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Representations of Landscape in Film: The (Reel) Korean Demilitarized Zone

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Item Summary

Title:Representations of Landscape in Film: The (Reel) Korean Demilitarized Zone
Authors:Fuhriman, Christopher
Contributors:Goss, Jon (advisor)
Geography and Environment (department)
Korean Demilitarized Zone
historical geography
show 4 moreconceptualizations of the DMZ
American cinema
South Korean cinema
motion pictures
show less
Date Issued:May 2008
Publisher:[Honolulu] : [University of Hawaii at Manoa], [May 2008]
Abstract:On July 27, 1953 General Mark W. Clark of the United States Army, Kim Il Sung of North Korea, and Peng Teh-huai of the Chinese Volunteers signed the armistice agreement, formally ceasing all combat operations which had relentlessly devastated the Korean countryside and urban centers for three years (Fehrenbach, 1998). The truce agreement included the creation of a demilitarized zone—a swath of uninhabited territory four kilometers wide, stretching more than 243 kilometers from the west coast to the east coast (Bartz, 1972). At the center of the DMZ lies the Military Demarcation Line (MDL), perfectly preserving the actual line of contact between opposing forces when the cease-fire was signed (ibid.). The MDL is marked by 1,292 rusty yellow signs mounted on poles, each sign clearly visible from the next. No marker is more than 500 meters from its closest neighbor, and in some cases (where the MDL curves) the signs are only separated by 300 meters (Lee, 2001). Today, just as the first day they were erected in 1953, a series of barbed-wire fences mark the outer edges of the DMZ (figure 1-1). In total, more than a million and a half soldiers still stand guard on both sides of the Korean Demilitarized Zone.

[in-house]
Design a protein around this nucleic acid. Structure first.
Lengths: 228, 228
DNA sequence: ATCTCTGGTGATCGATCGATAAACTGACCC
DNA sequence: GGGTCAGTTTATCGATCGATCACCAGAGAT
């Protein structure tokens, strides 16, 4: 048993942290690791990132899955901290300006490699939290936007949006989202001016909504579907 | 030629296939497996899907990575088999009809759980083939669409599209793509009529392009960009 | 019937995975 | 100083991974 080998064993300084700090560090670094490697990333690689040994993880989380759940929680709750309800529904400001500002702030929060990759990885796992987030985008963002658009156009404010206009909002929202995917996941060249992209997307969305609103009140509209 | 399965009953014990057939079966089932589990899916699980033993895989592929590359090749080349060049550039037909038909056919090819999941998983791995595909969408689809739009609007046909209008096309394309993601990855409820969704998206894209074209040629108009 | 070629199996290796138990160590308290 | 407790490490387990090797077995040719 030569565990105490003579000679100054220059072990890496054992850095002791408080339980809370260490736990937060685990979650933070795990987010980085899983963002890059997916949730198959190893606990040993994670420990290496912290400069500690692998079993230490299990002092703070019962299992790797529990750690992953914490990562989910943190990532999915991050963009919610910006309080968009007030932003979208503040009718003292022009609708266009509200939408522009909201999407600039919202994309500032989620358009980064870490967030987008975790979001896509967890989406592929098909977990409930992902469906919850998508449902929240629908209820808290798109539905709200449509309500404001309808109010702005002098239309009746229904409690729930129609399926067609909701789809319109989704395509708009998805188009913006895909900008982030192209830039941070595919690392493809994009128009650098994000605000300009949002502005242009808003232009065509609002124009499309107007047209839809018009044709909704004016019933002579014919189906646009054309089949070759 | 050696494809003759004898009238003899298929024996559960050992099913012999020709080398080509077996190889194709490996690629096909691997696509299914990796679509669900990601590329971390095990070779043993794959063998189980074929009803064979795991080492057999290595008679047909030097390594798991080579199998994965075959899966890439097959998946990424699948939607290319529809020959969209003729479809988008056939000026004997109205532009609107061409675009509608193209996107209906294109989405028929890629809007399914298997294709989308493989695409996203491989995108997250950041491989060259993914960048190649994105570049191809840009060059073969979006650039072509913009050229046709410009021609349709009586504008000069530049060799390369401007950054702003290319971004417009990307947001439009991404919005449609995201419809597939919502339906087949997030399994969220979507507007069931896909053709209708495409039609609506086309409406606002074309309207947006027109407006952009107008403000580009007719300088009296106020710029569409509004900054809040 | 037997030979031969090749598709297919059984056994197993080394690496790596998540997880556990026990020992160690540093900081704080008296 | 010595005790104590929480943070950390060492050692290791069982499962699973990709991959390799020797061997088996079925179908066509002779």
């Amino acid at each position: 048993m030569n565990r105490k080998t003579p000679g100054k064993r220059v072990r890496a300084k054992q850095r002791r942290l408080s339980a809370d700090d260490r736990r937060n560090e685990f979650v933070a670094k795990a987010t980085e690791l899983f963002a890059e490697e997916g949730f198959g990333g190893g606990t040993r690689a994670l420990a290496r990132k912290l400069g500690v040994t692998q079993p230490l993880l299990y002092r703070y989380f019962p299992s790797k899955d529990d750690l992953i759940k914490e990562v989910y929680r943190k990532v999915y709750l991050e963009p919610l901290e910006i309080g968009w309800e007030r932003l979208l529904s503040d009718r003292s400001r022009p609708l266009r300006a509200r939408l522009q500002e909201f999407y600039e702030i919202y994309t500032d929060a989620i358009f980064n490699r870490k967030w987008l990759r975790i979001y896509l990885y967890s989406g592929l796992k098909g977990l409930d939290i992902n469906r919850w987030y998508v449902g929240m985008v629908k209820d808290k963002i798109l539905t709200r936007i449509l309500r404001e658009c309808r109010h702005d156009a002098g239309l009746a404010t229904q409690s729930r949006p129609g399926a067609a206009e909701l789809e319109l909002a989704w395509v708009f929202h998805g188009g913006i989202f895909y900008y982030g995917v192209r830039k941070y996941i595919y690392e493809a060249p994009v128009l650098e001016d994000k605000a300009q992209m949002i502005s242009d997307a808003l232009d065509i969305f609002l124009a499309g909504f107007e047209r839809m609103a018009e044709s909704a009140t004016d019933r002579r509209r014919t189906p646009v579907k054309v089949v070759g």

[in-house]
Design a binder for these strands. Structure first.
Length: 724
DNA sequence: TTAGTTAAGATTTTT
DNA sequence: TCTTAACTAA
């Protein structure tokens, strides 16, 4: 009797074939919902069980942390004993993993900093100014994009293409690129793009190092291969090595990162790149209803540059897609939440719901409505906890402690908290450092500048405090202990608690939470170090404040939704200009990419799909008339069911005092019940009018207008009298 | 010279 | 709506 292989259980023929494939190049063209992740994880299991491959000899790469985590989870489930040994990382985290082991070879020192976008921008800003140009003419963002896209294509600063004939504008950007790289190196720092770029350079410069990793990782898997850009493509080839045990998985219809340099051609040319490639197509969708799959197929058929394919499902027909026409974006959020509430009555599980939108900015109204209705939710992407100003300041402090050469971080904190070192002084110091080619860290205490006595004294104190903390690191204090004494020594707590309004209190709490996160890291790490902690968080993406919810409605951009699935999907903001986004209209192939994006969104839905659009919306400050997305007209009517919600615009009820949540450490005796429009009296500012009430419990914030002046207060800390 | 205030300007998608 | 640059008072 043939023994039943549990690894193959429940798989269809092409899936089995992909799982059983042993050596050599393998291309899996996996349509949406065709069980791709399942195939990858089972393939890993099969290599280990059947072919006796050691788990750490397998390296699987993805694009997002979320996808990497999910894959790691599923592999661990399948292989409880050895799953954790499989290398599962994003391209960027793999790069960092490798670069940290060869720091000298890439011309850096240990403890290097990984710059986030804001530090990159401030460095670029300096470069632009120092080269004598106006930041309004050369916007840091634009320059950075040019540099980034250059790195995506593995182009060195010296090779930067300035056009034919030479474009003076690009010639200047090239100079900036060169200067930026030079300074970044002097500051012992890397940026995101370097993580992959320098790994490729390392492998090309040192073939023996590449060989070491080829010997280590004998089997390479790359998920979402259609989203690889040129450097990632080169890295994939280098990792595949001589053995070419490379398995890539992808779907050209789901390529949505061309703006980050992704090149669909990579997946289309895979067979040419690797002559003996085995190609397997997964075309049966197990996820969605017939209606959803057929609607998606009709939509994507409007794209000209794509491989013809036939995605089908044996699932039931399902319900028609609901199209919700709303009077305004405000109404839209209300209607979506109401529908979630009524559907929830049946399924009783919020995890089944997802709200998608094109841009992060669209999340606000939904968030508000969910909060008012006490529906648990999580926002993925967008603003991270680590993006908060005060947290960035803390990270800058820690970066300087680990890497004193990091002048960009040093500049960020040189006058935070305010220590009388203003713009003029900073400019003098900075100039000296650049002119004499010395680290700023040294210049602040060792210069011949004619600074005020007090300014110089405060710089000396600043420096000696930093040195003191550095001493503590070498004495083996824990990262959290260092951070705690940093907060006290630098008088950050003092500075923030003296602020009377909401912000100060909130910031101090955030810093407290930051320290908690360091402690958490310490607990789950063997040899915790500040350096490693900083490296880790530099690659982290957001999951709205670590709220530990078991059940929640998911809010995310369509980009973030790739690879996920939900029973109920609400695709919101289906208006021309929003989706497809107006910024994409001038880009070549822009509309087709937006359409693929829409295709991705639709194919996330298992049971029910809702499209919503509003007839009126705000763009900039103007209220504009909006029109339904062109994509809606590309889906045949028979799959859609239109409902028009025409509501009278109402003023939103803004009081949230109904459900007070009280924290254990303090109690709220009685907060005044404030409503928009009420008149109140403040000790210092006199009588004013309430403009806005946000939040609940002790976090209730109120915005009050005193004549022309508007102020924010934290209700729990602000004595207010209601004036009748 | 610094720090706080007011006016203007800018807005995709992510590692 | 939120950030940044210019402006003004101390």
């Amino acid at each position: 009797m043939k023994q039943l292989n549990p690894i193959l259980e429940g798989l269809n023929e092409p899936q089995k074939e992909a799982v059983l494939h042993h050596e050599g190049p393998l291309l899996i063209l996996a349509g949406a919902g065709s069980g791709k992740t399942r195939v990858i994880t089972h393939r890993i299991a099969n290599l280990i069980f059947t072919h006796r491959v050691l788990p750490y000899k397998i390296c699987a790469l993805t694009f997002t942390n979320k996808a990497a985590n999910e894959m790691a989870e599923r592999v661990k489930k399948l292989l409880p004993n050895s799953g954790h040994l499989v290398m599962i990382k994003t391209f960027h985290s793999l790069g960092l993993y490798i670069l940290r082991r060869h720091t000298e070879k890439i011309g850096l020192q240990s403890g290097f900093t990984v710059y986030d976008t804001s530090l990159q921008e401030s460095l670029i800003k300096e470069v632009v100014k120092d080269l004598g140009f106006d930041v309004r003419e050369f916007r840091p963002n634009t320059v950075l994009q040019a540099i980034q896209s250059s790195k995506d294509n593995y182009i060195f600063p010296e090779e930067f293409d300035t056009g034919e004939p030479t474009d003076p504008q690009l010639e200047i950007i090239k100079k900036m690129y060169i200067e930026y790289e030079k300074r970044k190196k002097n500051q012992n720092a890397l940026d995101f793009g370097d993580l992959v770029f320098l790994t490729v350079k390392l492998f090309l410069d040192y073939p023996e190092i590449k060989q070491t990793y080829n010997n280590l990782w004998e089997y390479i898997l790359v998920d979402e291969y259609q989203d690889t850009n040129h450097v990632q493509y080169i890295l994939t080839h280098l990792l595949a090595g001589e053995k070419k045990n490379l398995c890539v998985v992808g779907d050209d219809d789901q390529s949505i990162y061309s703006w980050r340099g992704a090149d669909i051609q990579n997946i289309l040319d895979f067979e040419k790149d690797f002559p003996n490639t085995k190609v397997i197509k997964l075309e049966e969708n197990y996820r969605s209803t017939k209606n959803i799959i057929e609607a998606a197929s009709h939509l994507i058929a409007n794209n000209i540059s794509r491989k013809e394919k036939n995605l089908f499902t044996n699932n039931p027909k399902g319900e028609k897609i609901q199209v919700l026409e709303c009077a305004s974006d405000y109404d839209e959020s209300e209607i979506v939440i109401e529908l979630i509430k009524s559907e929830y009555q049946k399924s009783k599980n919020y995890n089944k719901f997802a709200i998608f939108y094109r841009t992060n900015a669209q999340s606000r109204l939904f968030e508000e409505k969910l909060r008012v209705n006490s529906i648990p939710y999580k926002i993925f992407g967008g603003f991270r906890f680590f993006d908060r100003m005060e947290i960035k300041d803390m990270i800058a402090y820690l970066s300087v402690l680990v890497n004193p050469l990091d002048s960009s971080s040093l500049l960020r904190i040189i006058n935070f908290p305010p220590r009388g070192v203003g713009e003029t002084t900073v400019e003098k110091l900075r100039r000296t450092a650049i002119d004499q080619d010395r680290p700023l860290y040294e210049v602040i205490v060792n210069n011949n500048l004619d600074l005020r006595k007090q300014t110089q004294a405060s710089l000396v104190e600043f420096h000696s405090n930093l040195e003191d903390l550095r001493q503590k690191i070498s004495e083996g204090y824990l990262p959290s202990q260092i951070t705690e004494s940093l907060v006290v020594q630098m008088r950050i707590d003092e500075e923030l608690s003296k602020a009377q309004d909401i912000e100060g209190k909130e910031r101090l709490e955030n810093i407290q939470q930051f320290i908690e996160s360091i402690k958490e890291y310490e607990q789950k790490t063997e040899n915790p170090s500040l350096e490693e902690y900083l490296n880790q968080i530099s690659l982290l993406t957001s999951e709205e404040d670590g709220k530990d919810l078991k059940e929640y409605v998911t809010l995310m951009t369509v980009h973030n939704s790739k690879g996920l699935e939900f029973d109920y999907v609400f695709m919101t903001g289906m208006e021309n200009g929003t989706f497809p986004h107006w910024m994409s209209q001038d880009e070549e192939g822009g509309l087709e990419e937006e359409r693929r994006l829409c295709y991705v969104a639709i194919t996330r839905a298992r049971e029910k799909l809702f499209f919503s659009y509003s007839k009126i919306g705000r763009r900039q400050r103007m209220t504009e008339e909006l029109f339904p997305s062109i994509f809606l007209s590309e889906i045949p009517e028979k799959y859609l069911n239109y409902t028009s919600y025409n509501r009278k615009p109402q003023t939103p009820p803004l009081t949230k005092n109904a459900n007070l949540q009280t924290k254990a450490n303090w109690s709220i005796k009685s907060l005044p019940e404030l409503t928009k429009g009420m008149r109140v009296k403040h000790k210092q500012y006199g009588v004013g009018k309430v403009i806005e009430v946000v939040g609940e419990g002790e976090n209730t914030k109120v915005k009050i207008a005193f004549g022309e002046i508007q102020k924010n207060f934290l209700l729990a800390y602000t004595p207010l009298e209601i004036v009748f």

Much more than an artificial border etched into the landscape by conflict, the DMZ is a complex, unique space which has gone largely unexplored (literally and conceptually) since its construction. What is the nature of this space delineated first on pen and paper, and since reproduced by fences and mines? A physical description of the landscape (commonly found in books on the geography of Korea) fails to capture the underlying meanings of the buffer zone created at the end of the Korean War. My analysis of contrasting perspectives of the DMZ presented in movies from the United States of America and South Korea will examine the cinematic image(s) of this final front of the Cold War.
Description:MA University of Hawaii at Manoa 2008
Includes bibliographical references (leaves 145–156).
Pages/Duration:vi, 156 leaves, bound : illustrations ; 29 cm
Rights:All UHM dissertations and theses are protected by copyright. They may be viewed from this source for any purpose, but reproduction or distribution in any format is prohibited without written permission from the copyright owner.
Appears in Collections: M.A. - Geography

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